International Rescue Committee (IRC)

Refugee Journeys: Roberto Martinez - Cuba, 1960

"We were taught never to be or feel victimized or feel inferior. Or to feel like we were wanting something though certainly we left a lot behind. My father left his business and we left our home. The important thing was our family was together and we were going to school and we were starting a new life."

– Roberto Martinez
 

Roman and Roberto Martinez were born in Santiago, Cuba. During their childhood, Cuba’s authoritarian government was challenged by the violent revolutionary movement led by Fidel Castro. In 1959, Castro finally seized power and began executing opponents by the hundreds. When the regime started indoctrinating schoolchildren, the brothers’ parents decided it was time to flee. Leaving behind their home in Santiago and the family insurance business, they stuffed all they could fit into the family car and traveled to Florida via the Key West–Havana car ferry, which Castro soon shut down. In July 1960, Roman and Roberto moved with their parents into a small apartment in Miami Beach. Roman was twelve years old; Roberto was seven.

As the family began setting down roots in Miami, Roberto attended Phillips Academy in Andover, Massachusetts. He went on to earn a B.S. in economics and an M.S. in accounting from the Wharton School of the University of Pennsylvania. After a year with a public accounting firm, he entered Georgetown University Law Center, earning a J.D. degree.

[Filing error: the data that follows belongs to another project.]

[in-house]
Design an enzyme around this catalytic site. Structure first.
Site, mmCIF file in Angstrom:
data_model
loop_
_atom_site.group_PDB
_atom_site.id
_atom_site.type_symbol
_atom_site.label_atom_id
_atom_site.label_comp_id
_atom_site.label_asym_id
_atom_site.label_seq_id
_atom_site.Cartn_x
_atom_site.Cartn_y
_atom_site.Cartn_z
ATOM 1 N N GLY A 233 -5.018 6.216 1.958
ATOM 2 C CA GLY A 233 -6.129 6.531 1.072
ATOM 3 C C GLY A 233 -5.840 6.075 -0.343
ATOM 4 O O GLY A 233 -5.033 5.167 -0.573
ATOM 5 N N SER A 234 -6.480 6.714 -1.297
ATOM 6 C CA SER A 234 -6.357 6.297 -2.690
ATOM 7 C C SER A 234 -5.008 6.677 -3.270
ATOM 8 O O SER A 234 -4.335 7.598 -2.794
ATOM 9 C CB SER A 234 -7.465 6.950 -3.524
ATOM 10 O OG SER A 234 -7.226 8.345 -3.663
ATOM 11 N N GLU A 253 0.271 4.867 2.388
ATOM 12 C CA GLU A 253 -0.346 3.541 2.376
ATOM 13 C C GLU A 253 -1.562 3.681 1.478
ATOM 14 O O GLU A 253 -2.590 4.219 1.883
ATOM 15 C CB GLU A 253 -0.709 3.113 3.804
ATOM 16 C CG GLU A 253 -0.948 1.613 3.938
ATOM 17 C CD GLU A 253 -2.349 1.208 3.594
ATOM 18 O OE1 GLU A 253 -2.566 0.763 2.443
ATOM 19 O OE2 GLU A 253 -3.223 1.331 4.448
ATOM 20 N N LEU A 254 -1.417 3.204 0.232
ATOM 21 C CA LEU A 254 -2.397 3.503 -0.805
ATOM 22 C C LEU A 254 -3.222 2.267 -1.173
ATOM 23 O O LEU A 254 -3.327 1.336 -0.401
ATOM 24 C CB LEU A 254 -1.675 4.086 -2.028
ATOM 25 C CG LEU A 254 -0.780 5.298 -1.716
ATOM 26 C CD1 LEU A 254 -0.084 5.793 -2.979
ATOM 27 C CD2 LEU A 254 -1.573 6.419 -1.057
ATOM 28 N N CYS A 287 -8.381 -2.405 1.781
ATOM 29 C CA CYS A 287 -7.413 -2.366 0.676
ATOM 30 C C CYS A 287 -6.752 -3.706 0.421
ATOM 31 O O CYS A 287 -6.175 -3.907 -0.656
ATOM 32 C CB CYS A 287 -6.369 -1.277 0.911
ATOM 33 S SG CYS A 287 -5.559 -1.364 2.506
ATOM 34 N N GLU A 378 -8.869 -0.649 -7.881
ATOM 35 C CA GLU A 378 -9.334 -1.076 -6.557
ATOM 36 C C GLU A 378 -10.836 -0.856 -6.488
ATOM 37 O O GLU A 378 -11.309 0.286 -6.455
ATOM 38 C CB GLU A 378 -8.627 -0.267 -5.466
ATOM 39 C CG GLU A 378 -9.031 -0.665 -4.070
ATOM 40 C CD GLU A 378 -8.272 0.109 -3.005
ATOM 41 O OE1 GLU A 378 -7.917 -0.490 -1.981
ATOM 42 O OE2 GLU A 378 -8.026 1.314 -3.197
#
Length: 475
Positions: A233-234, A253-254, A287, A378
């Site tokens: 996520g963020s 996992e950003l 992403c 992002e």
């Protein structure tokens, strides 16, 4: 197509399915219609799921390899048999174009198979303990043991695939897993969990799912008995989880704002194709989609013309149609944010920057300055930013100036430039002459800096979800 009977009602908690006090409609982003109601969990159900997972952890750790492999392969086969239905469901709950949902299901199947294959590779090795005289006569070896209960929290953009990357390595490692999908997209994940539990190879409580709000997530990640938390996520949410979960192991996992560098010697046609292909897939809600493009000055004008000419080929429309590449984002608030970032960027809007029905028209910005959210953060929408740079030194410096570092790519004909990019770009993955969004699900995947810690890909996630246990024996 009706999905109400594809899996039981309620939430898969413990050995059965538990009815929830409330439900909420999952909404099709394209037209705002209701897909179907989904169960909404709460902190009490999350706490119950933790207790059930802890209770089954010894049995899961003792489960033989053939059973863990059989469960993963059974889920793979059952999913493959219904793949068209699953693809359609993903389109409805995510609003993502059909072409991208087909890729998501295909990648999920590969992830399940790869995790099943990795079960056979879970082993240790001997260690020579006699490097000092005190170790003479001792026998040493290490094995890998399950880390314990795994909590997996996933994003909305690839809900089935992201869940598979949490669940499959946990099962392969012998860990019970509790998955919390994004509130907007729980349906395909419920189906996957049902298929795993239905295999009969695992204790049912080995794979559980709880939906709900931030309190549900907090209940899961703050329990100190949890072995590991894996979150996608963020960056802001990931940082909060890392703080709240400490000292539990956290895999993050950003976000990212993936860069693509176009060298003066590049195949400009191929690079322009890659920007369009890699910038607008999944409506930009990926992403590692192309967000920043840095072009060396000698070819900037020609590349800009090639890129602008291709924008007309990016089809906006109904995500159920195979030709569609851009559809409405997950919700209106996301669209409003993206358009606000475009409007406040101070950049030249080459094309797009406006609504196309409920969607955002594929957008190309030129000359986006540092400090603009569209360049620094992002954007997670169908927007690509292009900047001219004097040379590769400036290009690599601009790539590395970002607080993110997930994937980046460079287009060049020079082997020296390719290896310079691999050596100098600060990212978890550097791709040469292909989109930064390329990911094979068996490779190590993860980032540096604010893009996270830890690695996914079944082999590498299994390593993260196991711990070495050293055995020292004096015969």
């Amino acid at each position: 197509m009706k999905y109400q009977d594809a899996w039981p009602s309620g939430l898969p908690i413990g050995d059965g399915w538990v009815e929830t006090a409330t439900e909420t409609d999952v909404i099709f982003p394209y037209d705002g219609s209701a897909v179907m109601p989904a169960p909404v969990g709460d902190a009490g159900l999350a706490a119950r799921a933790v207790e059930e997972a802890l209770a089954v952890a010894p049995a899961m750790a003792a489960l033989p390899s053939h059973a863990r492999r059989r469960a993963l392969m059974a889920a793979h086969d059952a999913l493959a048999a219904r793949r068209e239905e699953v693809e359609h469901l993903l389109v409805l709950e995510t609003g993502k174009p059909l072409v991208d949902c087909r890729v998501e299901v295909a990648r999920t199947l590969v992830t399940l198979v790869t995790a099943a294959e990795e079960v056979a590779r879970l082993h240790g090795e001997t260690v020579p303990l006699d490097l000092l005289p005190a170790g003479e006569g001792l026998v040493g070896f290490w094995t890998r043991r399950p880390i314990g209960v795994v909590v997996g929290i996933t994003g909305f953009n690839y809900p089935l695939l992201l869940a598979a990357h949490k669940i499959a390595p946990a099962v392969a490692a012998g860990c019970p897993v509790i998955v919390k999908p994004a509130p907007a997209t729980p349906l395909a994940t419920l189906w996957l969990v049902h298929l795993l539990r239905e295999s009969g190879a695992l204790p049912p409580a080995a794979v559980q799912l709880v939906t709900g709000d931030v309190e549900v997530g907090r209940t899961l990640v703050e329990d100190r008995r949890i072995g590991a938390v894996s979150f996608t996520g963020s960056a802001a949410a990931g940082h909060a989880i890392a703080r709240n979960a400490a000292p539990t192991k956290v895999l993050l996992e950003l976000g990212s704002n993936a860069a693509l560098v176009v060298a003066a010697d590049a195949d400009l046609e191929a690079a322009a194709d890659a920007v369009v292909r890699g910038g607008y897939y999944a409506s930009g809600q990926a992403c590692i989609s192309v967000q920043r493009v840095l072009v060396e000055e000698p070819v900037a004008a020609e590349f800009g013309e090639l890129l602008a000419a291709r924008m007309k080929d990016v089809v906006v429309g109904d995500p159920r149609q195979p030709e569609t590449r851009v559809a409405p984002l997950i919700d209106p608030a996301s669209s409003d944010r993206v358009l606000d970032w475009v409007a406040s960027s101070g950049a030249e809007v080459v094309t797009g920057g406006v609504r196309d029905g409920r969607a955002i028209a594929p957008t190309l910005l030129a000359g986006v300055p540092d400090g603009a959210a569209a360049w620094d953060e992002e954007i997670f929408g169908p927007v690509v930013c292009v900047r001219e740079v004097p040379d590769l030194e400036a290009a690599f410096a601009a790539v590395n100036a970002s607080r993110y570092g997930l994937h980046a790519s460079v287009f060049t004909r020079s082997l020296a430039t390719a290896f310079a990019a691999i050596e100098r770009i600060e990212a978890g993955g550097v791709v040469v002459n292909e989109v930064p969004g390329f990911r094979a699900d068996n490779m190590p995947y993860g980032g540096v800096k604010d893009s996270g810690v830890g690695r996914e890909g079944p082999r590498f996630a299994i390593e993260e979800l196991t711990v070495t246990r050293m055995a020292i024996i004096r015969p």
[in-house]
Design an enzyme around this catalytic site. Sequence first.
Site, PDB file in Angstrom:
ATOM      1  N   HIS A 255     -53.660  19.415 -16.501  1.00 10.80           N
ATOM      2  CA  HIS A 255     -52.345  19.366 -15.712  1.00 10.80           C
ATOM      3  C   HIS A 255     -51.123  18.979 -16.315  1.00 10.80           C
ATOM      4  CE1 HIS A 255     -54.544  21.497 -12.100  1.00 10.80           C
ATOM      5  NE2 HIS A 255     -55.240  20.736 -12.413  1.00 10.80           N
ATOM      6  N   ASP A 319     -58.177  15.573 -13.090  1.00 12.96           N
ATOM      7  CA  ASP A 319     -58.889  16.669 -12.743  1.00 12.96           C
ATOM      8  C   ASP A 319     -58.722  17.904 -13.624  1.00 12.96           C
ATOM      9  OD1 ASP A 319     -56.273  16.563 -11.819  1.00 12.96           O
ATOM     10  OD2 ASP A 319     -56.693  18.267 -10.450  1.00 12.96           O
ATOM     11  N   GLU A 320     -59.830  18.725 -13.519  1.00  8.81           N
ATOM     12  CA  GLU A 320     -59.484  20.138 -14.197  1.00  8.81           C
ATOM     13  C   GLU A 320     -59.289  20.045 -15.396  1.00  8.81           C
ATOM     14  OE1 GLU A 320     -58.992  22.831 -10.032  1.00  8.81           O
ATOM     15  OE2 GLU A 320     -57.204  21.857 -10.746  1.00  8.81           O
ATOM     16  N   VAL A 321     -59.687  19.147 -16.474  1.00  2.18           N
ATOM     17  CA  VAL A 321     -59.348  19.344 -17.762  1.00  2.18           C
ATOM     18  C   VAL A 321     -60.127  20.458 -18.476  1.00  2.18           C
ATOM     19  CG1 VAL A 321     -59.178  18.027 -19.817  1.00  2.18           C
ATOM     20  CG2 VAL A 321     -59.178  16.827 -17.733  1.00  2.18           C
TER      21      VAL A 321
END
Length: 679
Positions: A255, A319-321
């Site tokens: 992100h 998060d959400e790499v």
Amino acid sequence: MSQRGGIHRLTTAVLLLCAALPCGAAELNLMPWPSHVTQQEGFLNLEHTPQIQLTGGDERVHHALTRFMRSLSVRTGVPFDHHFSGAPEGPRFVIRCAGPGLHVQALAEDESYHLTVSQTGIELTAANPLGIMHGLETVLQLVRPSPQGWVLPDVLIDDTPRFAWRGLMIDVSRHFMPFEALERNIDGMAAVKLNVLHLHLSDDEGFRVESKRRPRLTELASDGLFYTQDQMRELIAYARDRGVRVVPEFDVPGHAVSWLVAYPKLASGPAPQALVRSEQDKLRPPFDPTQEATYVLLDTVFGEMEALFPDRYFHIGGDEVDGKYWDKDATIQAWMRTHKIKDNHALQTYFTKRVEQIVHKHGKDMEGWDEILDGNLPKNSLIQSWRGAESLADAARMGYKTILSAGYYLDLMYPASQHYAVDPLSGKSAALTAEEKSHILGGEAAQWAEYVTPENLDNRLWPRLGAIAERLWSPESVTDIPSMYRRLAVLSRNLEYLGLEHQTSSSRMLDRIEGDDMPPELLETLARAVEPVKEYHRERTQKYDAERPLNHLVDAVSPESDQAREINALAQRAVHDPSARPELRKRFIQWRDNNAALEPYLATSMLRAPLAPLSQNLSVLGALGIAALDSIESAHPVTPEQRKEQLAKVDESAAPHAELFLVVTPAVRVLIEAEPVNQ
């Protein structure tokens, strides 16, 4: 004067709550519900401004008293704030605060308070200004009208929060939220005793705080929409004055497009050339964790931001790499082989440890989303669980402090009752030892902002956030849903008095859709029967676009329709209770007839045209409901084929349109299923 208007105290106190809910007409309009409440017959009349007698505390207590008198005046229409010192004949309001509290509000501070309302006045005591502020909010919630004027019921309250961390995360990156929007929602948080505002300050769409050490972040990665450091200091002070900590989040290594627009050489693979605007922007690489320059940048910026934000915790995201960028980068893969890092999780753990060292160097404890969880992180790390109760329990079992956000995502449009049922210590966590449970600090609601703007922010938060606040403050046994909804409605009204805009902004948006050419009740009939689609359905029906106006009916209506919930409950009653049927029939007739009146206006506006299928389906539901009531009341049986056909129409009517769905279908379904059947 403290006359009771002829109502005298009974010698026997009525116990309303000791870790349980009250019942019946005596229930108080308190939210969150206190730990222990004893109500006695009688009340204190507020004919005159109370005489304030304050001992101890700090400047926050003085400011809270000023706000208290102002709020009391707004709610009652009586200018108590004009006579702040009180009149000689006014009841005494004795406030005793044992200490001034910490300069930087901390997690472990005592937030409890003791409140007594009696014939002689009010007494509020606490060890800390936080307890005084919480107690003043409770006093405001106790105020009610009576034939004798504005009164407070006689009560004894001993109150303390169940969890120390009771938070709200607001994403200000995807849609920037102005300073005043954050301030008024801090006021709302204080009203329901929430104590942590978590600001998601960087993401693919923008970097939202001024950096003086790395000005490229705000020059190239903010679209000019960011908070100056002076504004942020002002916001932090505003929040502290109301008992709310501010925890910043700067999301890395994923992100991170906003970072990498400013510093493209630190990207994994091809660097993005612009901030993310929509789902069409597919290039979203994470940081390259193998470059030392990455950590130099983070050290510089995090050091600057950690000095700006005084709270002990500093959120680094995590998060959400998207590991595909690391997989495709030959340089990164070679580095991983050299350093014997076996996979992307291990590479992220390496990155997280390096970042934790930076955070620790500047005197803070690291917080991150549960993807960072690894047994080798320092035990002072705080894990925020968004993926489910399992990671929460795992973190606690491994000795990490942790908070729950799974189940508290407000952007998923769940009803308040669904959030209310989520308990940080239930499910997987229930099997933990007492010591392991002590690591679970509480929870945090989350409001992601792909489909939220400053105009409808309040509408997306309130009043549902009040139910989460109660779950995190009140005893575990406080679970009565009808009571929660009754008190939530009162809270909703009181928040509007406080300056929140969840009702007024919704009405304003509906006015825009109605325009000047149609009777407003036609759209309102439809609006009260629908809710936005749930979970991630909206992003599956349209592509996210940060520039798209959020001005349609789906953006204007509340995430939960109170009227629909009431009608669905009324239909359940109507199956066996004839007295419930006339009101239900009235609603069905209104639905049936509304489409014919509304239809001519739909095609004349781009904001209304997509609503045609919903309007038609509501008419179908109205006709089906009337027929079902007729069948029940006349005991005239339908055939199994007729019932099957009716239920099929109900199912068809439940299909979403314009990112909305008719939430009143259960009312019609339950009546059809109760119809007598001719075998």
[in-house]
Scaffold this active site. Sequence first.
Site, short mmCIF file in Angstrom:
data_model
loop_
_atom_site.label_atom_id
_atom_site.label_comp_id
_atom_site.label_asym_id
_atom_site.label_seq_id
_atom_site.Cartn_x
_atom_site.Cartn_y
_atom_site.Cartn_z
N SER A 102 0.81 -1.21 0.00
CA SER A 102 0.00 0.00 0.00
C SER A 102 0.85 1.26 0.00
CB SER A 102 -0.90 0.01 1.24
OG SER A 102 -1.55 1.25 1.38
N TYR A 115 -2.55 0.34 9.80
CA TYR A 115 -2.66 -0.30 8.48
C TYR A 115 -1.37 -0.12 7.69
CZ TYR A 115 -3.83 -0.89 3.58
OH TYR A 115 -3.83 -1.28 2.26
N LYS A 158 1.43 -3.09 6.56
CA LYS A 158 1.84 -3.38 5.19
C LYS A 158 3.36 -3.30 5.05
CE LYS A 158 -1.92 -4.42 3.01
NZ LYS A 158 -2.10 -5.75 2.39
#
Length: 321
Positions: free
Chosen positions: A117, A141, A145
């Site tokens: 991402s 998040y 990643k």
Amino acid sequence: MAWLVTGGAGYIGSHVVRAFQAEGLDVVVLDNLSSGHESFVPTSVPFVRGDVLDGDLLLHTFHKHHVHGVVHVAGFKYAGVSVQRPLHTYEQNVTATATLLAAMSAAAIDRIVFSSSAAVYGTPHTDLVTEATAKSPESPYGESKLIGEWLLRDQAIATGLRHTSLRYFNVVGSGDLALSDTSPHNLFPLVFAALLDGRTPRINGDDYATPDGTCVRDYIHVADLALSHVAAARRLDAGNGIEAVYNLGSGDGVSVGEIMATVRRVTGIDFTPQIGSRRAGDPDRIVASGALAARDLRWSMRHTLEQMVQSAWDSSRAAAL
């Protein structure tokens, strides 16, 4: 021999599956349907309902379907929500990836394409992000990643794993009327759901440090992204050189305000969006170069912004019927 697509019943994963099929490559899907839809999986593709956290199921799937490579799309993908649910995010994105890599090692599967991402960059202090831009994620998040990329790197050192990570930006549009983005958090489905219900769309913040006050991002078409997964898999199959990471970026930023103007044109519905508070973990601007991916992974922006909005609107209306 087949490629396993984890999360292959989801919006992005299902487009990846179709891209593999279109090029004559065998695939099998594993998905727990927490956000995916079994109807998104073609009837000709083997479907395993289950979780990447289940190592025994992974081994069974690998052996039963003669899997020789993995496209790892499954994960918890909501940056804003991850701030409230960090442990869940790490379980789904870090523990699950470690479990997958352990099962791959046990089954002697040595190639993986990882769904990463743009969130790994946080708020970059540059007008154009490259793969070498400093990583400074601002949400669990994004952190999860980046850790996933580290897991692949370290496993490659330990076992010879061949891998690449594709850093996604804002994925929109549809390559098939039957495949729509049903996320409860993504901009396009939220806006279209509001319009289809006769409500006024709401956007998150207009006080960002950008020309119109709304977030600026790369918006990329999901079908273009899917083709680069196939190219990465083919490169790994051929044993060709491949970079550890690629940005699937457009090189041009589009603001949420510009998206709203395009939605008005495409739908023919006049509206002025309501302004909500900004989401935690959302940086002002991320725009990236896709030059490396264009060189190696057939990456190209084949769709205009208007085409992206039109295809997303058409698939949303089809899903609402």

After a stint as a civil litigator, Martinez joined the U.S. Attorney’s office in Miami and spent five years as a federal prosecutor before returning to private practice. He also served as U.S. attorney for the Southern District of Florida. In 1997, Martinez joined the law firm of Colson Hicks Eidson, where he is currently a partner. He concentrates his practice in the areas of civil trials and white-collar criminal defense.

Martinez was co-lead trial counsel in the litigation against the government of Cuba in the murders of four men who were shot down by the Cuban air force while flying a humanitarian mission for Brothers to the Rescue. That litigation resulted in a $188 million judgment in federal court in miami against the Cuban government and its air force. In 2001 the victims’ families received approximately $100 million from assets of the Cuban government frozen by the U.S. Department of the Treasury.

Martinez has been an active civic leader. He is a past chair and present member of the Florida Federal Judicial Nominating commission and a member of the Florida State Board of education. He has also served as chairman of the District Board of Trustees of Miami-Dade college and as a
member of the adjunct faculty at the University of Miami’s School of Law. He is an International Rescue Committee Overseer and member of the IRC Board’s Security Committee.

In 2010, Martinez was instrumental in reuniting Nadine Devilme, Junior Alexis and their infant daughter Jenny in Miami after the family was separated during the devastating January 12 earthquake in Haiti. 

Roberto Martinez is one of 10 distinguished refugees who were honored by the International Rescue Committee at our 2010 Freedom Award Dinner in New York City.  Check back each Monday for a new story of a refugee who has fled tyranny and persecution and who has made the most of the opportunity to begin again and thrive in the U.S.   You can see all of the stories posted so far here.

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